VIDEO: What Does Animal Oppression Have to Do With Our Anti-Racist Movements?

This is just great. Says quite a lot of important things in eight minutes.

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15 Responses to VIDEO: What Does Animal Oppression Have to Do With Our Anti-Racist Movements?

  1. no soy yo says:

    Thank you so much for this. Like you say, she crams a lot into 8 minutes, and it’s all great. I’m going to check out her other stuff.

  2. forest says:

    wonder why this entry’s received so little feedback? anyway, and as usual, always thoughtful stuff here.

  3. wendyedavis says:

    Quite OT, but I thought you may like to know of these folks given your penchant for looking at star celebrities’ funding and actual missions

    One is Cory Morningstar on Twitter (AT)elleprovocateur, the other is http://www.wrongkindofgreen.org/

    They’re reprising a few investigations and exposés for obvious reasons. Hope you’re doing okay, or okay enough.

  4. Richard Estes says:

    OT: not that I’m a Bernie Sanders fan, but thought you might be interested in this Adolph Reed interview, as it fits within your critique of some involved in the “Black Lives Matter” movement

    http://www.nakedcapitalism.com/2016/02/adolph-reed-on-sanders-coates-and-reparations.html

    Adolph Reed correctly calls out Ta-Nehisi Coates for using reparations to attack Sanders’ economic policies while staying silent about Hillary’s more corporate ones which are worse for black people, everyone except the wealthy, in fact, than Sanders’, concluding that Coates, McKesson and Legend are “the shock troops for neoliberalism”

  5. Anand says:

    This is OT and rather long, but you once told a commenter to never apologize for comment length, so here goes. I am a lurker here (rarely post), because I find many thoughtful and eye-opening things, though I don’t agree with many conclusions.

    I read one of your comments where you approvingly linked (https://ohtarzie.wordpress.com/2015/06/13/conspiracy-and-class-interest/#comment-17422) to a piece by Michael Parenti: http://conservancy.umn.edu/bitstream/handle/11299/151744/nst122.pdf?sequence=1&isAllowed=y (“Another view of Chomsky”)

    I am only interested in that piece inasmuch it critiques Chomsky’s views on Communism and Leninism, which is the bulk of the article. You are also interested, as far as I can see in “Chomsky’s muddled, ahistoric, reactionary views on communism”. I agree otherwise with the piece (and you as well if I’m not mistaken) that Chomsky has made much appreciated and substantial contributions to many things, though of course he should be criticized like everyone else.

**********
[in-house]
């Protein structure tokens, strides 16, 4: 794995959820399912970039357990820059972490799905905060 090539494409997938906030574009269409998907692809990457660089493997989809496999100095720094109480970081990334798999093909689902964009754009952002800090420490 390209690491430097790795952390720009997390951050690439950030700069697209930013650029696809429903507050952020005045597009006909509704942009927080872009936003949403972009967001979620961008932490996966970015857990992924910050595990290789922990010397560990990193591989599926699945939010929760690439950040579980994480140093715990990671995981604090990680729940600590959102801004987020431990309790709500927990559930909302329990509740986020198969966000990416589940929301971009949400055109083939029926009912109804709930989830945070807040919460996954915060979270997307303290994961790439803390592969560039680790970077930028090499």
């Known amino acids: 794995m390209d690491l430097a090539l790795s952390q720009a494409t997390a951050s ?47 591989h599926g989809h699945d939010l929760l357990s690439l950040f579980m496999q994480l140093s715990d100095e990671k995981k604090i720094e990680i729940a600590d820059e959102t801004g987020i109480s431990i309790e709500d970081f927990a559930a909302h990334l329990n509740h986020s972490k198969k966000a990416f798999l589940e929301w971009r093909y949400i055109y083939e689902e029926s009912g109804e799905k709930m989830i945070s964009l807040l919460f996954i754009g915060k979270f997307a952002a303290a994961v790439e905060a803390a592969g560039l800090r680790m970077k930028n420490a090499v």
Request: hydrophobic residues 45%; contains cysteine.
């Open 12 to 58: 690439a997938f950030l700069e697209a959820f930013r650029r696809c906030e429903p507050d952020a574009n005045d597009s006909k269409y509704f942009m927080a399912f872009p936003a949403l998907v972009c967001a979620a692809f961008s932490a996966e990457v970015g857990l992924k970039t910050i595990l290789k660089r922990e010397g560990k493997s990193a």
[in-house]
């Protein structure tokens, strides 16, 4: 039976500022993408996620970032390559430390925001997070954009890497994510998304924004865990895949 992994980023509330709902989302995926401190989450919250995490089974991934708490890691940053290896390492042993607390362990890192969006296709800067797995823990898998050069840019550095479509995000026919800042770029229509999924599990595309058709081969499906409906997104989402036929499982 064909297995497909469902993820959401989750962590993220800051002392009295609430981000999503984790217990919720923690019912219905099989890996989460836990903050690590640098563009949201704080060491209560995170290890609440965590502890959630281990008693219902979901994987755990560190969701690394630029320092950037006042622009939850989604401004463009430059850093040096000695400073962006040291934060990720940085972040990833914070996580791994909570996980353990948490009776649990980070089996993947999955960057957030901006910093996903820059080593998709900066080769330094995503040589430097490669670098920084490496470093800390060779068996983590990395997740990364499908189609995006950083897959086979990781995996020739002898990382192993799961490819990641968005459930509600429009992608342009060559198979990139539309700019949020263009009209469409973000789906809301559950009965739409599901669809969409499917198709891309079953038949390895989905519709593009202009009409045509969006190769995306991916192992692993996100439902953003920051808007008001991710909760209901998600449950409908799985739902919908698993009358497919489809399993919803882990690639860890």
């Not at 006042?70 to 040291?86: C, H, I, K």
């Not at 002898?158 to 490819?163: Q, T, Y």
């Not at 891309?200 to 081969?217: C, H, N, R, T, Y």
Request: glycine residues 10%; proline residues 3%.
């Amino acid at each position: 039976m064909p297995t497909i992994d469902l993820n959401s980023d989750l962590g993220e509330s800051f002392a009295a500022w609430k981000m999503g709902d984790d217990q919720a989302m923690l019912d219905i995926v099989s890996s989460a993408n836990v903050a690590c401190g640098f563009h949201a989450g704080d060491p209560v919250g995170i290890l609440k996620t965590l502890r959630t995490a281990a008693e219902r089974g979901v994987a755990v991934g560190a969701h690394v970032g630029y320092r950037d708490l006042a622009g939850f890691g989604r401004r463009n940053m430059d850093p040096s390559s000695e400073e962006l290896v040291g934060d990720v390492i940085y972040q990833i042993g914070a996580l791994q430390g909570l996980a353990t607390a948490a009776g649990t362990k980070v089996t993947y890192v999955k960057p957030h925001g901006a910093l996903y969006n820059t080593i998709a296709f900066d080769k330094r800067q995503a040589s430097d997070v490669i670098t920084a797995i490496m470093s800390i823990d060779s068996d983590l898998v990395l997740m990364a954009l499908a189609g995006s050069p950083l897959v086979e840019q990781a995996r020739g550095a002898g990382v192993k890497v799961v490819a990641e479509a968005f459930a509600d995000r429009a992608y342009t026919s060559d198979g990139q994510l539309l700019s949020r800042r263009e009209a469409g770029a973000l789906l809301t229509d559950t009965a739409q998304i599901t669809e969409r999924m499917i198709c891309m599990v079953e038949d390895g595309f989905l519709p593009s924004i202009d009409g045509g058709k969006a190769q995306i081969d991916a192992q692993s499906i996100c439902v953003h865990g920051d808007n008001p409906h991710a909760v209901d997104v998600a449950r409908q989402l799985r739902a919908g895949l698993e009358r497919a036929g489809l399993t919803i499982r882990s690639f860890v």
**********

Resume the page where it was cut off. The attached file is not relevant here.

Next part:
Throat clearing done.

    To put it in a nutshell, I found the piece shallow and demonstrably wrong on many things, and rather pointless. I try to demonstrate it below, using quotes. The main problem is that Parenti has only limited himself to Chomsky’s interviews and general articles, where Chomsky did not cite every statement he made. If Parenti had bothered to look a little deeper, he would know that Chomsky has cited many reasons for his beliefs, and is simply not talking out of his ass. One may agree or disagree with his reasons, but it is dishonest to pretend that he didn’t explain himself.

    (a) “Libertarian socialist” is a sweeping designation, safely covering
    both sides of the street. Of course, the ambiguity is not
    McChesney’s but Chomsky’s. As far as I know, Chomsky has
    never offered a clear explication of his anarcho-libertariansocialist
    ideology. That is to say, he has never explained to us
    how it would manifest itself in organized political struggle or
    actual social construction.”

    In fact, Chomsky has written a lot about his ideology. The classic is of course “Notes on Anarchism” (https://chomsky.info/1970____/), in which he traces anarchist thought as he sees it and says why he thinks “From this point of view, anarchism may be regarded as the libertarian wing of socialism”. Agree with him or not, one can hardly make the charge that he has not outlined his views. There are of course many many other pieces, for instance, the talk – Government in the Future (https://www.youtube.com/watch?v=5uagjAtit7E)

    It in indeed correct that Chomsky has not explicated many details. This is not a weird oversight, but he explains it many times. He stated that he thinks that we don’t know enough to outline many things in general, and it should be discovered by experimentation to see what works in particular cases. He regards, for instance, “After the revolution” by Diego Abad De Santilan, as interesting but ultimately not possible. Again, one may disagree or agree, but it is senseless to make the charge that he has “evaded all the hard questions about organized struggle”, as Parenti charges.

    (b) Parenti then goes on to give a sample of Chomsky’s criticism of Communism and Leninism. Almost every one is off the mark. For instance, Parenti charges “Chomsky treats Communism
    and fascism as totalitarian twins, offering no class analysis of either, except to assert that they are both rooted in some unspecified way to today’s corporate domination”. In fact Chomsky has cited many times, how they are similar. An example is: “the intellectual backgrounds for granting such extraordinary rights to “collectivist legal entities” lie in neo-Hegelian doctrines that also underlie Bolshevism and fascism: the idea that organic entities have rights over and above those of persons. Conservative legal scholars bitterly opposed these innovations, recognizing that they undermine the traditional idea that rights inhere in individuals, and undermine market principles as well.” He cites The Transformation of American Law (the relevant chapter is https://www.unsw.adfa.edu.au/school-of-humanities-and-social-sciences/sites/default/files/documents/Horwitz%20chapter%203.pdf), which discusses corporate personhood. See also where he cites Business as a System of Power by Robert Brady. Again, agree with him or not, it is dishonest or simply lazy to pretend that no evidence is cited.